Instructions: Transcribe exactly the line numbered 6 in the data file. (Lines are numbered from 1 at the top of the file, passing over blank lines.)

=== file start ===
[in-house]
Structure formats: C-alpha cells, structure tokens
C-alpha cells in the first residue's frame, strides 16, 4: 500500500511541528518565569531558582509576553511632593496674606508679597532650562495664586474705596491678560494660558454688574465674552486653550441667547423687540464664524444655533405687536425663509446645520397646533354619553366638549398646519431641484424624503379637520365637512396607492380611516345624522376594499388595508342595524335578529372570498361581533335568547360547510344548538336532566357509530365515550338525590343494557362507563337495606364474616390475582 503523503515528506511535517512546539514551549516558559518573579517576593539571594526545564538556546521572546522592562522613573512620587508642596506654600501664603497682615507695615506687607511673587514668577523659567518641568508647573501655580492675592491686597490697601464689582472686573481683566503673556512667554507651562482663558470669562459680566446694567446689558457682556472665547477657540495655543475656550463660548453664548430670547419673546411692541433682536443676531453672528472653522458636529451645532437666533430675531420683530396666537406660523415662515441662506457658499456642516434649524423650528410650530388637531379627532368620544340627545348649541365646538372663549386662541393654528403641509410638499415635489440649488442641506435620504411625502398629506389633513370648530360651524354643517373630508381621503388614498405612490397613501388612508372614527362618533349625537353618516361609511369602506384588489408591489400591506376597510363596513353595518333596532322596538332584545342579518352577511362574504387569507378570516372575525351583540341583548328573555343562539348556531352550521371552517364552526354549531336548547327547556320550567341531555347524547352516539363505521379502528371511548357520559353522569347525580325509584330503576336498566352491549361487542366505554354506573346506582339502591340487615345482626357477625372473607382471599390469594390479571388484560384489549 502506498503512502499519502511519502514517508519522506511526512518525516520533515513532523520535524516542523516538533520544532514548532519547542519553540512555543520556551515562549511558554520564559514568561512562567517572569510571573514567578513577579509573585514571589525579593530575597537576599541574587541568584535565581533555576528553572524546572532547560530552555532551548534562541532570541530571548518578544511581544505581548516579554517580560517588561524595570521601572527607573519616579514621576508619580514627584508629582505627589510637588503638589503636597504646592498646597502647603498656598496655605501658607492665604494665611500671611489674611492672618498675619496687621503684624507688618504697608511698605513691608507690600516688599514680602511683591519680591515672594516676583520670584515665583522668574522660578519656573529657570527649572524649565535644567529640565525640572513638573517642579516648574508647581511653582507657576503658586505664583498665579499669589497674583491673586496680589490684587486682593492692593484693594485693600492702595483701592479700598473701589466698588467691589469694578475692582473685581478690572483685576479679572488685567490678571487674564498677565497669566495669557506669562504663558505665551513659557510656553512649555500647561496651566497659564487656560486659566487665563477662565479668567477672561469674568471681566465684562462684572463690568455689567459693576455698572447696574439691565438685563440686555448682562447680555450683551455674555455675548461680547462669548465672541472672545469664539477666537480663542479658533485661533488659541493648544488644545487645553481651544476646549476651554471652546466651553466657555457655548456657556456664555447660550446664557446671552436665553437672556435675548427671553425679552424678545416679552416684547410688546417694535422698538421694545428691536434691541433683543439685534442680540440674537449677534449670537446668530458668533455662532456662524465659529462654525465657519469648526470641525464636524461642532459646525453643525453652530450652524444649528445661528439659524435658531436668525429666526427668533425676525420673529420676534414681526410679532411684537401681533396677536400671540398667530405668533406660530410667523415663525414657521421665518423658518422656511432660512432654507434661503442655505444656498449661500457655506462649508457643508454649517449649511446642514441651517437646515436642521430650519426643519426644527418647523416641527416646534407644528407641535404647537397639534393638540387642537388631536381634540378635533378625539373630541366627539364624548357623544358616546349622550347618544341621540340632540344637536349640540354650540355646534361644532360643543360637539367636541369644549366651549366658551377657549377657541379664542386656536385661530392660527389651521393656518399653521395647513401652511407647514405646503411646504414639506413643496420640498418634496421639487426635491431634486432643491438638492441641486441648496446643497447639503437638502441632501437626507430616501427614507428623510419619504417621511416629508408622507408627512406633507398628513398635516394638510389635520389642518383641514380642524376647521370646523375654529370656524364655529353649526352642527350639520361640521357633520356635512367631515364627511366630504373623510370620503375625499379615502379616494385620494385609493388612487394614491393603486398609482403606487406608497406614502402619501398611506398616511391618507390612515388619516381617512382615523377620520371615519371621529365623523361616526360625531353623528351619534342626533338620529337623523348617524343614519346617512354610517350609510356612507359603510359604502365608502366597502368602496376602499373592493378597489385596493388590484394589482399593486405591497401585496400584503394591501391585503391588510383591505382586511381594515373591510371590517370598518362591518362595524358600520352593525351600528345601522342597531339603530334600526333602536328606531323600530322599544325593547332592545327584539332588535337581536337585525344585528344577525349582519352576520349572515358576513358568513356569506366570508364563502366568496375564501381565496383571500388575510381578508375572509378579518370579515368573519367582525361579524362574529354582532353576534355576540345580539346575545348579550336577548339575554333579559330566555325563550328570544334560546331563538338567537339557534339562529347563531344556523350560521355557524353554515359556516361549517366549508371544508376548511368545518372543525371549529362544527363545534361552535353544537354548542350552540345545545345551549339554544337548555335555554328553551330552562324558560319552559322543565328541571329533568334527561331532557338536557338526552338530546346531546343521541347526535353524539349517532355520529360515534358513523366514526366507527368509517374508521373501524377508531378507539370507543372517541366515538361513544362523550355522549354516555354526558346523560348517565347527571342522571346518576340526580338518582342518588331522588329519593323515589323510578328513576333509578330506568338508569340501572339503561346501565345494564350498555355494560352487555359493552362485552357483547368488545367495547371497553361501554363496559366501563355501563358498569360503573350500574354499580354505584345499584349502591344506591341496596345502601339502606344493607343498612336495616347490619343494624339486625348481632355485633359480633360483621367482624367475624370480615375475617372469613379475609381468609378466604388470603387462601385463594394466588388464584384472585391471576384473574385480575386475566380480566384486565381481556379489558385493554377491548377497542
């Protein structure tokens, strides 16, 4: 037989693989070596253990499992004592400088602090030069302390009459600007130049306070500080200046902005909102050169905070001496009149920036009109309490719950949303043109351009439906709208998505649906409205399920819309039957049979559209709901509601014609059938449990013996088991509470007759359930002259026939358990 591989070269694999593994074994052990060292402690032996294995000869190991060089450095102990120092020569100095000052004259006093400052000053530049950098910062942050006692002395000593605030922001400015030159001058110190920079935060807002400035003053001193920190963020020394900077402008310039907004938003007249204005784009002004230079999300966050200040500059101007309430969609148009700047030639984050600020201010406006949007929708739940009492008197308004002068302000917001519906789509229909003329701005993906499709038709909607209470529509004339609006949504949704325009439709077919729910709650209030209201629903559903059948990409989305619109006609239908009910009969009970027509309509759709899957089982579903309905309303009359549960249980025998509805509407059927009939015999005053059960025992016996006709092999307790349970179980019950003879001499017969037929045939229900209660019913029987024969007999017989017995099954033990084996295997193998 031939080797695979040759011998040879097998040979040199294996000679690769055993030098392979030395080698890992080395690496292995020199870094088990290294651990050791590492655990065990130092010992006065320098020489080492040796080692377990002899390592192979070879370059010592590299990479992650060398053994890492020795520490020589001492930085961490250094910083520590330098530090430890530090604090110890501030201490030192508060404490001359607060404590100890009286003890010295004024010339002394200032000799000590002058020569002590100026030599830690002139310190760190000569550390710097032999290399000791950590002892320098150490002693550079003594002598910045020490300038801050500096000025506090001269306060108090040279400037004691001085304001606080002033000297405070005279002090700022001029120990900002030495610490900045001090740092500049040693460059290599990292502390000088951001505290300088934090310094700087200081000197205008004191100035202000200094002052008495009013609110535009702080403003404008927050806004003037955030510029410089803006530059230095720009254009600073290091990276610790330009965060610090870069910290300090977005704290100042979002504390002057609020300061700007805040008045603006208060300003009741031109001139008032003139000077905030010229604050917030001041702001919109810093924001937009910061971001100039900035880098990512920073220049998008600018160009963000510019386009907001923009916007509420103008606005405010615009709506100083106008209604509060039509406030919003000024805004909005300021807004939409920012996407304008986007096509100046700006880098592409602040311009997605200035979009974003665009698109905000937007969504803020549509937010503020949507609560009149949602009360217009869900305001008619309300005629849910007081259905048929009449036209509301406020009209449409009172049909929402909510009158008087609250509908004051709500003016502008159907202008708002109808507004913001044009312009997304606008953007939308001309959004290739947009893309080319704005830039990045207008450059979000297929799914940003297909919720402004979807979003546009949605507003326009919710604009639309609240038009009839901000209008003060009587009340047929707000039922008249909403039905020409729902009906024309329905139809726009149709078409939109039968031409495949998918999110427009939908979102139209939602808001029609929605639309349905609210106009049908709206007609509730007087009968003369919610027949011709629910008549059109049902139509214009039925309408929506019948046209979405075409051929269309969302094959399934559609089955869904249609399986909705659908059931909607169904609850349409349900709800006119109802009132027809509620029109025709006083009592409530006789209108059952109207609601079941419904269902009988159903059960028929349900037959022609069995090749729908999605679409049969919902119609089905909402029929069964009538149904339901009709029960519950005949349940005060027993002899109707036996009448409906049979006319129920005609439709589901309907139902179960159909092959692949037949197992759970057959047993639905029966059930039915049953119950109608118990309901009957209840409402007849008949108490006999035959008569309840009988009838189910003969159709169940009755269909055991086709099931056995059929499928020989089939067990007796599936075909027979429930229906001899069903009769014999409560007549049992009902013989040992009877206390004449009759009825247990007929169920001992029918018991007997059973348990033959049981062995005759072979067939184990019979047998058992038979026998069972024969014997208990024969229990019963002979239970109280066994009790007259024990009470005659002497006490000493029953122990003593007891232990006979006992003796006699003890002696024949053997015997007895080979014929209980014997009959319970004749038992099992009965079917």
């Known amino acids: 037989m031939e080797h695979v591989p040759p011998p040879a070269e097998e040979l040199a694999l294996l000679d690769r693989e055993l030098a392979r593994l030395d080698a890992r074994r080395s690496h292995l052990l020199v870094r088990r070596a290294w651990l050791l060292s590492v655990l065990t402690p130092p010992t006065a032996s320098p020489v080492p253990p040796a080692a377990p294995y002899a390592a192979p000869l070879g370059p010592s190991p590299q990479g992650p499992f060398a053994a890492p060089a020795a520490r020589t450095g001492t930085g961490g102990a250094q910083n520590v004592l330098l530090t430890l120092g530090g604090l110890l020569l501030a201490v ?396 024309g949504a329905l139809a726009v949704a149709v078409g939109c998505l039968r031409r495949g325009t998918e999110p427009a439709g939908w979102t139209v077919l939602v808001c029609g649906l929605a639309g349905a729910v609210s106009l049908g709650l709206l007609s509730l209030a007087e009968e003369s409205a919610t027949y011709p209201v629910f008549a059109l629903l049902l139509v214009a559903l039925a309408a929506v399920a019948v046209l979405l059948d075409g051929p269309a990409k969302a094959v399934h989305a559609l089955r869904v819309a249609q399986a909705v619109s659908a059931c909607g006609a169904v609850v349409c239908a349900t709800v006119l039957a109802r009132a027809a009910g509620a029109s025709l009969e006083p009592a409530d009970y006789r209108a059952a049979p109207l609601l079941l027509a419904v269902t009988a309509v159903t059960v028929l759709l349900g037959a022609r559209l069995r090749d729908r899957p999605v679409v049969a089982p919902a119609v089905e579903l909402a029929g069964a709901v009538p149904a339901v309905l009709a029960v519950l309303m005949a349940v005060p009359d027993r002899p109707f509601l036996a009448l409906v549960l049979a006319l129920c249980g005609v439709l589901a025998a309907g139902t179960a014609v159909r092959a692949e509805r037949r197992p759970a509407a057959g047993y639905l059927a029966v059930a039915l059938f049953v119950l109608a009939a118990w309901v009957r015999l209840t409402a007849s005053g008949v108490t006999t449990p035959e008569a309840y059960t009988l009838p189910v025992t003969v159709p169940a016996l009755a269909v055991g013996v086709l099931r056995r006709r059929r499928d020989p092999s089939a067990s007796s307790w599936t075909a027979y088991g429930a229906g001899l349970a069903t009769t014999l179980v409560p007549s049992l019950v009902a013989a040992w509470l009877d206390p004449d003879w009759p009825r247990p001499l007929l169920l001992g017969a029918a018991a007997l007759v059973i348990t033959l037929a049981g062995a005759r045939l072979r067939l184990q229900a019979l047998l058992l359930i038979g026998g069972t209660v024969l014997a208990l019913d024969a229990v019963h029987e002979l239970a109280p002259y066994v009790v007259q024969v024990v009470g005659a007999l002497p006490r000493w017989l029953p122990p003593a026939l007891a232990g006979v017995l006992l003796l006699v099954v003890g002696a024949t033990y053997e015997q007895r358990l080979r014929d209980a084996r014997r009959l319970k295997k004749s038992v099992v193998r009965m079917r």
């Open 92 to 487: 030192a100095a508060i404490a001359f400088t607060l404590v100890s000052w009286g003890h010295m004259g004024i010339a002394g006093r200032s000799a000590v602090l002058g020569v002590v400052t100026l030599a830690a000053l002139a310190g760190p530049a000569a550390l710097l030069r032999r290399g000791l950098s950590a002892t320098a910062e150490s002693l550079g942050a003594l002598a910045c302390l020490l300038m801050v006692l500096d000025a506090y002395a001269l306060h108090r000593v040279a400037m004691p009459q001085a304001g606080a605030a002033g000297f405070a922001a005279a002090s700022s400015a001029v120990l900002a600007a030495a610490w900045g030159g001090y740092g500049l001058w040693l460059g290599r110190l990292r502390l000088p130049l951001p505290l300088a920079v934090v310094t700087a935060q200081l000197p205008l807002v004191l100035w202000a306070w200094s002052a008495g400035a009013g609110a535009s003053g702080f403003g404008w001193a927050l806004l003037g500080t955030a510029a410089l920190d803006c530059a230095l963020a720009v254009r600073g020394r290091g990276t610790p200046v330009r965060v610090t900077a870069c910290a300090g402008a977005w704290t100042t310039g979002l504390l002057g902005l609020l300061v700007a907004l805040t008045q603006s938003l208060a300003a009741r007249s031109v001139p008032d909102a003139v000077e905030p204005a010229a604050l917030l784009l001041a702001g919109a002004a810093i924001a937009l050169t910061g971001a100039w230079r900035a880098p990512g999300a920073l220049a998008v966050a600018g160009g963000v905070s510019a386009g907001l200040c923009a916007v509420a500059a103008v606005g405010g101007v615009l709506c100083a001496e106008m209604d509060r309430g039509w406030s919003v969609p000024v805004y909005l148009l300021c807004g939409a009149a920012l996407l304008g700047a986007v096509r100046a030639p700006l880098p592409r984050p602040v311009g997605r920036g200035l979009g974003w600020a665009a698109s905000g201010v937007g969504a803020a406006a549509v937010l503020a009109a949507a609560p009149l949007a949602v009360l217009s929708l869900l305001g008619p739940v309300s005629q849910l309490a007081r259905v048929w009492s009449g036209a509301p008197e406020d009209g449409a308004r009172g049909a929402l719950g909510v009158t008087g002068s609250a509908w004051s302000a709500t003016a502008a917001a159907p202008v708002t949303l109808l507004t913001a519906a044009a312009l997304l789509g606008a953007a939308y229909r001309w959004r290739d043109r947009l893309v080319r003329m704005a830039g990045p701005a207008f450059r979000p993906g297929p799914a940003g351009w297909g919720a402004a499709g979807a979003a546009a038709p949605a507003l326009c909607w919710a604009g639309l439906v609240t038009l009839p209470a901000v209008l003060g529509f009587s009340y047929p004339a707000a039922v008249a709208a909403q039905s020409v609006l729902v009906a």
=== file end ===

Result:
């Open 92 to 487: 030192a100095a508060i404490a001359f400088t607060l404590v100890s000052w009286g003890h010295m004259g004024i010339a002394g006093r200032s000799a000590v602090l002058g020569v002590v400052t100026l030599a830690a000053l002139a310190g760190p530049a000569a550390l710097l030069r032999r290399g000791l950098s950590a002892t320098a910062e150490s002693l550079g942050a003594l002598a910045c302390l020490l300038m801050v006692l500096d000025a506090y002395a001269l306060h108090r000593v040279a400037m004691p009459q001085a304001g606080a605030a002033g000297f405070a922001a005279a002090s700022s400015a001029v120990l900002a600007a030495a610490w900045g030159g001090y740092g500049l001058w040693l460059g290599r110190l990292r502390l000088p130049l951001p505290l300088a920079v934090v310094t700087a935060q200081l000197p205008l807002v004191l100035w202000a306070w200094s002052a008495g400035a009013g609110a535009s003053g702080f403003g404008w001193a927050l806004l003037g500080t955030a510029a410089l920190d803006c530059a230095l963020a720009v254009r600073g020394r290091g990276t610790p200046v330009r965060v610090t900077a870069c910290a300090g402008a977005w704290t100042t310039g979002l504390l002057g902005l609020l300061v700007a907004l805040t008045q603006s938003l208060a300003a009741r007249s031109v001139p008032d909102a003139v000077e905030p204005a010229a604050l917030l784009l001041a702001g919109a002004a810093i924001a937009l050169t910061g971001a100039w230079r900035a880098p990512g999300a920073l220049a998008v966050a600018g160009g963000v905070s510019a386009g907001l200040c923009a916007v509420a500059a103008v606005g405010g101007v615009l709506c100083a001496e106008m209604d509060r309430g039509w406030s919003v969609p000024v805004y909005l148009l300021c807004g939409a009149a920012l996407l304008g700047a986007v096509r100046a030639p700006l880098p592409r984050p602040v311009g997605r920036g200035l979009g974003w600020a665009a698109s905000g201010v937007g969504a803020a406006a549509v937010l503020a009109a949507a609560p009149l949007a949602v009360l217009s929708l869900l305001g008619p739940v309300s005629q849910l309490a007081r259905v048929w009492s009449g036209a509301p008197e406020d009209g449409a308004r009172g049909a929402l719950g909510v009158t008087g002068s609250a509908w004051s302000a709500t003016a502008a917001a159907p202008v708002t949303l109808l507004t913001a519906a044009a312009l997304l789509g606008a953007a939308y229909r001309w959004r290739d043109r947009l893309v080319r003329m704005a830039g990045p701005a207008f450059r979000p993906g297929p799914a940003g351009w297909g919720a402004a499709g979807a979003a546009a038709p949605a507003l326009c909607w919710a604009g639309l439906v609240t038009l009839p209470a901000v209008l003060g529509f009587s009340y047929p004339a707000a039922v008249a709208a909403q039905s020409v609006l729902v009906a």